Sacha Baron Cohen (actor- Borat, Talladega Nights)
Ray Winstone (actor- The Proposition, The Departed)
Hugh Jackman (actor- The Fountain, The Prestige, X-Men: The Last Stand, Scoop, Flushed Away)
Michael Caine (actor- The Prestige, Children of Men)
Clive Owen (actor- Children of Men, Inside Man)

Best Cinematic Moment:
Déjà vu – interchronological car chase
jackass number two – The Valentine
Children of Men – escaping the safe house
Children of Men – battle of Bexhill
Talladega Nights – enter Jean Girard
Tenacious D in the Pick of Destiny – “Kickapoo”
A Prairie Home Companion – “Bad Jokes”
Borat – nude smackdown
A Scanner Darkly – Freck’s suicide
4 – opening shot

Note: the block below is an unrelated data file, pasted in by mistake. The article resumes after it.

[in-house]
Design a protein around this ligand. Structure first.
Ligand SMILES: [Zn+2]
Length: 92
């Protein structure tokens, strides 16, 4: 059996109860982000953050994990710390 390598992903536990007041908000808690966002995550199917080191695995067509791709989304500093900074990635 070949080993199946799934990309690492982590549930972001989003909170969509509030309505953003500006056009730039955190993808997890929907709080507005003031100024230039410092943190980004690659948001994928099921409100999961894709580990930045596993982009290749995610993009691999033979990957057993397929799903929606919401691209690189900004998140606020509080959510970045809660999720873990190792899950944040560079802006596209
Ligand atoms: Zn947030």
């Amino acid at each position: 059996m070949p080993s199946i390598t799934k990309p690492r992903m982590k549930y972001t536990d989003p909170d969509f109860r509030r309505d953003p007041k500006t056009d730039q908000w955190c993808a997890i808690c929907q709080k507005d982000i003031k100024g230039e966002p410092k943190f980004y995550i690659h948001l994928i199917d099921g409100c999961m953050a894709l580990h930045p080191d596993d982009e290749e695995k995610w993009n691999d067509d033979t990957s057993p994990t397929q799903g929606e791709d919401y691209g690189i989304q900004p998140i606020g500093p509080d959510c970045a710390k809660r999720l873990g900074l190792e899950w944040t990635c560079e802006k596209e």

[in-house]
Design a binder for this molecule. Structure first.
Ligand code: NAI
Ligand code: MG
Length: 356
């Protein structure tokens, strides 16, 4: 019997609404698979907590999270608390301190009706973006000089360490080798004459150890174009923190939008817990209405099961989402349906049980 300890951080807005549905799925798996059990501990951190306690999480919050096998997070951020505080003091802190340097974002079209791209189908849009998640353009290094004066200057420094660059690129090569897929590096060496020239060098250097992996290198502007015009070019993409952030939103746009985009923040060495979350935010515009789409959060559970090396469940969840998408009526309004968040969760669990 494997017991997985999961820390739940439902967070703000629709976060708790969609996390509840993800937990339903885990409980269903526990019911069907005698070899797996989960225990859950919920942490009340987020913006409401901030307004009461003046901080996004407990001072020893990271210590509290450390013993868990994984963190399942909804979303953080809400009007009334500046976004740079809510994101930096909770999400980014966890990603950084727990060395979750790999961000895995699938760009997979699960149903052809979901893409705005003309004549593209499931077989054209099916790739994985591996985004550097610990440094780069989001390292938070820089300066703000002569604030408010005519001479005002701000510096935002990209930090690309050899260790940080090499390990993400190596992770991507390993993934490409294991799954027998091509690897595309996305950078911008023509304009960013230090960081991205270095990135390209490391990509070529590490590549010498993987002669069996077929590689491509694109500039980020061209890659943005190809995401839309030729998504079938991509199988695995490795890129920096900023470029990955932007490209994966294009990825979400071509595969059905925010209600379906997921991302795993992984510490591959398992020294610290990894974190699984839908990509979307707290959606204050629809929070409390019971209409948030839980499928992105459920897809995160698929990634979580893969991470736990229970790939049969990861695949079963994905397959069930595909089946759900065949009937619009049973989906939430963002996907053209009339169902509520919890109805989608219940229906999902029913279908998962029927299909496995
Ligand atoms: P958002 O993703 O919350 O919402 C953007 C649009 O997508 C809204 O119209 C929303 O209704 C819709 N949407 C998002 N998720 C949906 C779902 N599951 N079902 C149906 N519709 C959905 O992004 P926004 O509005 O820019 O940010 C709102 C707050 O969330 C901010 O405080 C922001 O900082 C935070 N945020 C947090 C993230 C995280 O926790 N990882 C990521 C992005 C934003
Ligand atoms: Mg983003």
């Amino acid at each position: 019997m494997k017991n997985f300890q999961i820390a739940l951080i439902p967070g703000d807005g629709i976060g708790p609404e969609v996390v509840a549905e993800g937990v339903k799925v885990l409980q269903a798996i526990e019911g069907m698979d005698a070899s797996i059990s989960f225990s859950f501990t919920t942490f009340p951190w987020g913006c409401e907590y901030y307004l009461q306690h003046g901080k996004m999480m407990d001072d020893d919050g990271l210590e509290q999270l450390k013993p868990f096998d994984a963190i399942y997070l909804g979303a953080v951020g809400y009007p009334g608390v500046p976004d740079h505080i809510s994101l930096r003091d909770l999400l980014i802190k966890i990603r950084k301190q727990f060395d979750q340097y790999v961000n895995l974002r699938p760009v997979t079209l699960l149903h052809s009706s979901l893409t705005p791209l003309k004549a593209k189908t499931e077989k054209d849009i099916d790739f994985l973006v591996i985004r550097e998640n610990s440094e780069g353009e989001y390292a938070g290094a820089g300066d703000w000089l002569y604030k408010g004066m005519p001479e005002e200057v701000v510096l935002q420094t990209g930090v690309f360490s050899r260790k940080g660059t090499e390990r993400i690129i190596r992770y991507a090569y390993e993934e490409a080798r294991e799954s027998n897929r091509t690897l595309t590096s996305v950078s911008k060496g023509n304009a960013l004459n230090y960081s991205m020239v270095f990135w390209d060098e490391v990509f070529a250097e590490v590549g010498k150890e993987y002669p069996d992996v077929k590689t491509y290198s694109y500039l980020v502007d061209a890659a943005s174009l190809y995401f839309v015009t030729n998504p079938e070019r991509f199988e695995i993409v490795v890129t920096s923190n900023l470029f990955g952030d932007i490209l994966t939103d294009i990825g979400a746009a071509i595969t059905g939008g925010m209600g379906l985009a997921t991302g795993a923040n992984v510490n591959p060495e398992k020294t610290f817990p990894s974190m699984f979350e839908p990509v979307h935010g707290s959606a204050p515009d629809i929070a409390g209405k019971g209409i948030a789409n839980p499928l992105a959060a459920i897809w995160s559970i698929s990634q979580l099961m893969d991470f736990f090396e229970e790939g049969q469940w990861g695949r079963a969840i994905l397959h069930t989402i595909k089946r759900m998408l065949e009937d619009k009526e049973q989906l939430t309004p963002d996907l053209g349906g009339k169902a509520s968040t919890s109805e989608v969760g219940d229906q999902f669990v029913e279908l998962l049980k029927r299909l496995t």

Friday, February 11, 2011

Muriels Retro: 2005

Best Picture:
The New World
Kings and Queen
A History of Violence
Tropical Malady
Kiss Kiss Bang Bang
Gilles’ Wife
The Matador

Best Director:
Terrence Malick, The New World
Arnaud Desplechin, Kings and Queen
Lucile Hadzihalilovic, Innocence
Michael Haneke, Caché
David Cronenberg, A History of Violence

Best Lead Performance, Female:
Emmanuelle Devos, Gilles’ Wife
Emmanuelle Devos, Kings and Queen
Sibel Kekilli, Head-On
Q’Orianka Kilcher, The New World
Naomi Watts, King Kong

Best Lead Performance, Male:
Damian Lewis, Keane
Heath Ledger, Brokeback Mountain
Robert Downey Jr., Kiss Kiss Bang Bang
Viggo Mortensen, A History of Violence
Choi Min-sik, Oldboy

Best Supporting Performance, Male:
Jeff Daniels, The Squid and the Whale
Mickey Rourke, Frank Miller’s Sin City
Bruno Ganz, Downfall
Oliver Platt, The Ice Harvest
Mathieu Amalric, Munich

Best Supporting Performance, Female:
Maria Bello, A History of Violence
Robin Wright Penn, Nine Lives
Qiu Yuen, Kung Fu Hustle
Michelle Monaghan, Kiss Kiss Bang Bang
Magali Woch, Kings and Queen

Best Screenplay:
A History of Violence
Kings and Queen